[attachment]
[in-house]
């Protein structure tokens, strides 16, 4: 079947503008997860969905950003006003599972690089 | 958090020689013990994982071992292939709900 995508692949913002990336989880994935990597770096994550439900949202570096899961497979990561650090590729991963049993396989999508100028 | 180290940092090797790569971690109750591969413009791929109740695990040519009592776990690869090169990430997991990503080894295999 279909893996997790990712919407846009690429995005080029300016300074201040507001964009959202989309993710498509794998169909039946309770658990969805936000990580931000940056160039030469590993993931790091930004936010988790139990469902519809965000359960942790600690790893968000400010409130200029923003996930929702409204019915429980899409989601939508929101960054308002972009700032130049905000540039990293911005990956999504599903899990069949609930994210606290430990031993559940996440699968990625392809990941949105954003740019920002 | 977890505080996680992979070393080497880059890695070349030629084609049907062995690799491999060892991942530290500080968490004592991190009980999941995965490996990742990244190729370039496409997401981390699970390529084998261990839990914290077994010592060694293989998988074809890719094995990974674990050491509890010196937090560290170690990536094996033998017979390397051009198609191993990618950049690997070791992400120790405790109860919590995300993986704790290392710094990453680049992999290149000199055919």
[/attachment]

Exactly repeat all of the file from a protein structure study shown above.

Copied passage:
[in-house]
């Protein structure tokens, strides 16, 4: 079947503008997860969905950003006003599972690089 | 958090020689013990994982071992292939709900 995508692949913002990336989880994935990597770096994550439900949202570096899961497979990561650090590729991963049993396989999508100028 | 180290940092090797790569971690109750591969413009791929109740695990040519009592776990690869090169990430997991990503080894295999 279909893996997790990712919407846009690429995005080029300016300074201040507001964009959202989309993710498509794998169909039946309770658990969805936000990580931000940056160039030469590993993931790091930004936010988790139990469902519809965000359960942790600690790893968000400010409130200029923003996930929702409204019915429980899409989601939508929101960054308002972009700032130049905000540039990293911005990956999504599903899990069949609930994210606290430990031993559940996440699968990625392809990941949105954003740019920002 | 977890505080996680992979070393080497880059890695070349030629084609049907062995690799491999060892991942530290500080968490004592991190009980999941995965490996990742990244190729370039496409997401981390699970390529084998261990839990914290077994010592060694293989998988074809890719094995990974674990050491509890010196937090560290170690990536094996033998017979390397051009198609191993990618950049690997070791992400120790405790109860919590995300993986704790290392710094990453680049992999290149000199055919």